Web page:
Jane Ide 02:31
It feels like a particularly current and relevant issue that you’re working on. One of the things I’m particularly interested in listening to you talking about the work that The Circle does is many of our members at ACEVO, many chief execs obviously in this country are exactly that, they’re working in a UK or an England or a local context, you’re obviously working across multiple different cultures and political systems. And with a global perspective. How does that feel, what does that feel like for you? And what’s your experience with that?
Raakhi Shah 03:08
I’m a global feminist at heart so it feels very natural to be in a context where you’re connected with women across cultures. I’ve worked in international development for a long time. So I can talk about my journey as a CEO as well. But I think in this day and age, that phrase, now more than ever, we need to be connected globally and supporting one another, and not just in the context of our own national or local issues. And as we’ve seen, we’ll talk about later, you know, the issues at the weekend, around Roe x Wade kind of just shows the impact and fearfulness that can come from changes, that can happen overnight. And it’s a real time to show solidarity across borders. So it’s a great role to be in.
Jane Ide 04:01
So tell me a little bit more about how you came to be there. What was the journey that brought you to this?
Raakhi Shah 04:07
So I’ve had I’ve had over 16 years experience working in international development. So previously at large NGOs, such as Oxfam and UNICEF UK, and those covered a breadth of areas from fundraising, communications, advocacy, campaigning, much of this time has been focused was focused on partnerships with high level names, so stars, CEOs, politicians and more and how how best to utilise their support. So that range from everything from developing fundraising galas to their involvement in global events, such as G7, G20, campaigns, and also overseas trips. So I’ve I’ve undertaken sort of over 30 visits to countries such as Bangladesh, Lebanon, Jordan, Pakistan, and more, so bringing the voices of those with lived experience to the forefront. So it does it has really covered a breadth. And that sort of fact lends itself to a CEO role because it intrinsically you have, it has oversight of, of all of those areas of an organisation. So, yeah, really, I guess not a traditional route, potentially. But when you think back on it, it does sort of make sense.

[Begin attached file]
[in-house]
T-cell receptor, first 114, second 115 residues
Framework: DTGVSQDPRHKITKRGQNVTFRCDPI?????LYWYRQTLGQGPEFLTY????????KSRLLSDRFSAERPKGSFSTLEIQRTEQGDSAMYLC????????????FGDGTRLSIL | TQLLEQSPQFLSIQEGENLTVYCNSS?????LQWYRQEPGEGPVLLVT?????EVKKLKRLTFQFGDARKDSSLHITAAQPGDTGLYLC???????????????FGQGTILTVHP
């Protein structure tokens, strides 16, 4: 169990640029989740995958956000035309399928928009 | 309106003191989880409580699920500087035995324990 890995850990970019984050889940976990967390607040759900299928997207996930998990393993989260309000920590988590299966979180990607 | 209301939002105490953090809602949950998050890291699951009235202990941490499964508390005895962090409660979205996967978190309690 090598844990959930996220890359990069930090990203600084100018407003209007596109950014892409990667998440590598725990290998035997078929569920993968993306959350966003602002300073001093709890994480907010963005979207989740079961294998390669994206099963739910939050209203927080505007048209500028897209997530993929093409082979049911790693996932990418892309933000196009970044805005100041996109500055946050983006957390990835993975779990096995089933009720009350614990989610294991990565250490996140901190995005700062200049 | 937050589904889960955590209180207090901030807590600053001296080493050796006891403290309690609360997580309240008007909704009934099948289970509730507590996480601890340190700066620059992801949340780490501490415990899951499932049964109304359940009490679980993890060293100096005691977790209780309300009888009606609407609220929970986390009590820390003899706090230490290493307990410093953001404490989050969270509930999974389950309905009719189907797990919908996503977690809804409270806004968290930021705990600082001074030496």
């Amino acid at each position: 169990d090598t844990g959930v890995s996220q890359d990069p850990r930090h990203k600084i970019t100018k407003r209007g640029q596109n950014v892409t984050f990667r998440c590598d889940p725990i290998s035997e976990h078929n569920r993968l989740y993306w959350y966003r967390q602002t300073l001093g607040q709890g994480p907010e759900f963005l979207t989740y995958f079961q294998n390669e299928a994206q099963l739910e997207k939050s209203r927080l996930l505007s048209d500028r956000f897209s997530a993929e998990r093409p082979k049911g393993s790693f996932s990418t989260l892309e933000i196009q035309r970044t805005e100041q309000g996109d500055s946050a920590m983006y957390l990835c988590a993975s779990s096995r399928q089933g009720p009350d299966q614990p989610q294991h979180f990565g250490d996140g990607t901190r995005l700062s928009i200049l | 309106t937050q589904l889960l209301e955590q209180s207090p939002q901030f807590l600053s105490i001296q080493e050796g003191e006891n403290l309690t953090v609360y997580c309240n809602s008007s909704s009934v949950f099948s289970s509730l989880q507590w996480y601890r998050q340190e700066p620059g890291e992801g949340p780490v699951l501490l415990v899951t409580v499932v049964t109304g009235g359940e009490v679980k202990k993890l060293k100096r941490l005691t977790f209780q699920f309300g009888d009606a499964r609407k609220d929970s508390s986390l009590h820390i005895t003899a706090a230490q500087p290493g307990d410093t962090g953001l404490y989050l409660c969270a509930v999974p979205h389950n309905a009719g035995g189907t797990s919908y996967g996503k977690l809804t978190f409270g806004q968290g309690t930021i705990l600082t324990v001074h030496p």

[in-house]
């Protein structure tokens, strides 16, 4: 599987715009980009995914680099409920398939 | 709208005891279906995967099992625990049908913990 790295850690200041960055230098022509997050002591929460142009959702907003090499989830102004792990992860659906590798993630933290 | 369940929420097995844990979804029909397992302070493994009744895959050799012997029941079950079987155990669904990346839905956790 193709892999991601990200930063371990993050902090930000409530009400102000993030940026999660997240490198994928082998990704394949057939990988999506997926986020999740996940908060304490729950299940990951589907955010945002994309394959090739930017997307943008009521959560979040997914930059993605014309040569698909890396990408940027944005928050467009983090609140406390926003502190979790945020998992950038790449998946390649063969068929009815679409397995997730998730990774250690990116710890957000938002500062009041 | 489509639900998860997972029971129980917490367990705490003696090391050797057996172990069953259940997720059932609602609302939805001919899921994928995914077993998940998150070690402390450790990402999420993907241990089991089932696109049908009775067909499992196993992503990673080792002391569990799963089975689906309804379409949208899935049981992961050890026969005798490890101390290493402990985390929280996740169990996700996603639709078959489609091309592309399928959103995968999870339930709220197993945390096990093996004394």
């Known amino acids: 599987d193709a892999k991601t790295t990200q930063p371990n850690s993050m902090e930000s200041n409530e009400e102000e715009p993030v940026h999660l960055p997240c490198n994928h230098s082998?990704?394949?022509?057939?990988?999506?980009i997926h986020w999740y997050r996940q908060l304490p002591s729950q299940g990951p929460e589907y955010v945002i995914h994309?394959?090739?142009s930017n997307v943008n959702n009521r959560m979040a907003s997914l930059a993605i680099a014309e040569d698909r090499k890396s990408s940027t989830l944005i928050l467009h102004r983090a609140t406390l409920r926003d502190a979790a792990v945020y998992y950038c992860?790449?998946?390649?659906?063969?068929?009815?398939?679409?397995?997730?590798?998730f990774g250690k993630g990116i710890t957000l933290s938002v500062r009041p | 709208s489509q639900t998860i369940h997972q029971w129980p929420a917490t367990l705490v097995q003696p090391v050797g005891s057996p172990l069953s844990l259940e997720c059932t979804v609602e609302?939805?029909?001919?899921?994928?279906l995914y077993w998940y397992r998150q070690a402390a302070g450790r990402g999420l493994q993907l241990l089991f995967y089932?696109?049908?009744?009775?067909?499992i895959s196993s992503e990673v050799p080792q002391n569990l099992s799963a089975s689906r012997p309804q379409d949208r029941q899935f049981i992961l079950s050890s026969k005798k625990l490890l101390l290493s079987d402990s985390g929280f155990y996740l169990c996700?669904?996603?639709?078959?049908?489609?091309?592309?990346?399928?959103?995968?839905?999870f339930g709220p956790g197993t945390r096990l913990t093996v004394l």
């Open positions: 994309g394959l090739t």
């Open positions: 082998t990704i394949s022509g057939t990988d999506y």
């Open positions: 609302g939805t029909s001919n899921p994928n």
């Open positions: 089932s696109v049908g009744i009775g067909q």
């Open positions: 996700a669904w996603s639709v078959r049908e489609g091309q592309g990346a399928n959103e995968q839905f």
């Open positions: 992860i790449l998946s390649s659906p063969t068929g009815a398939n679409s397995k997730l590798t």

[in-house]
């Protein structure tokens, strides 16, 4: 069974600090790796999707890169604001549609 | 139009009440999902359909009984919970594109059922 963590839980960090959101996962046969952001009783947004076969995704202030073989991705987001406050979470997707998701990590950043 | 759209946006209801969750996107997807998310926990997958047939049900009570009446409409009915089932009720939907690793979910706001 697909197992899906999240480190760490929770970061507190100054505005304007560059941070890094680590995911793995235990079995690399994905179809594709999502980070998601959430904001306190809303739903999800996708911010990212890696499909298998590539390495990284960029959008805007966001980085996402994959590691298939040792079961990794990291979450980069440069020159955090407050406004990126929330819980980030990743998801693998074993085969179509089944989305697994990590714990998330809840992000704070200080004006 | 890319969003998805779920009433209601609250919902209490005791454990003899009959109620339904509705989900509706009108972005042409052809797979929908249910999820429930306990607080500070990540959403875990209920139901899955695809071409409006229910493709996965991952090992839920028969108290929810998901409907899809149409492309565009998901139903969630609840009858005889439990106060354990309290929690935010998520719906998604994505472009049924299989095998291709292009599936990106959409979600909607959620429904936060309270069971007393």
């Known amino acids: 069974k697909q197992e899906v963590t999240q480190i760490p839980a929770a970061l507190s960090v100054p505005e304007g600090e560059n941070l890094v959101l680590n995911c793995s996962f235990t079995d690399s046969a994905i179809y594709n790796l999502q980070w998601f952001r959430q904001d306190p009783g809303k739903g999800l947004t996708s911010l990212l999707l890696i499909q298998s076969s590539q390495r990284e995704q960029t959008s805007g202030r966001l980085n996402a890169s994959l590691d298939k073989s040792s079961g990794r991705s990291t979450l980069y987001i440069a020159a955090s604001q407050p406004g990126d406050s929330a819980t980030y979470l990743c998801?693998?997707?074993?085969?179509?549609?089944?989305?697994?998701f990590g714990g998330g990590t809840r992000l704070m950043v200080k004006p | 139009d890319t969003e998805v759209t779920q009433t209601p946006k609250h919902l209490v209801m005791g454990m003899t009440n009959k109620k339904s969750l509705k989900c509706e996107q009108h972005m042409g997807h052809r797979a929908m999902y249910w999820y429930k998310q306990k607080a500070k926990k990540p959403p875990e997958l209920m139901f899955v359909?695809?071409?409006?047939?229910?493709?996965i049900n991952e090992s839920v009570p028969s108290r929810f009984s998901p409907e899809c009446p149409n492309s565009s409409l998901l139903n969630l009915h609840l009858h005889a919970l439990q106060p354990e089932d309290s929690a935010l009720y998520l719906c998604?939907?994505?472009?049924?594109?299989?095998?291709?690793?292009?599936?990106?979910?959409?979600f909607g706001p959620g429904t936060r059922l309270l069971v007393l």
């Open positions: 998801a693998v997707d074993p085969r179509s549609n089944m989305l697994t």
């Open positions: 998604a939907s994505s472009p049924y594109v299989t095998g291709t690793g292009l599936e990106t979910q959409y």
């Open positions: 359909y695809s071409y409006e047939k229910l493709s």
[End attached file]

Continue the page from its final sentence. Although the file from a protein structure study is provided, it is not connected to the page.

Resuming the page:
Jane Ide 05:22
Yeah. So there’s a, there’s a thread that runs through things that somehow coalesces when you when you come into these sorts of new sorts of roles. You joined The Circle in 2020, your first chief exec role. And as I think everybody knows, as soon as you mentioned the year, we were all slap bang in the middle of a pandemic, I think was a very tough time for so many people generally, and particularly for leaders in our sector facing all sorts of challenges that none of us had actually really got on our risk register. What do you think stepping into that role in the middle of a pandemic has taught you about your leadership, given that you didn’t have the specific experience of being a chief exec in the sector prior to that to compare it with? How much do you think the pandemic experience changed your approach to leading the organisation and what did you have to do to adapt around that?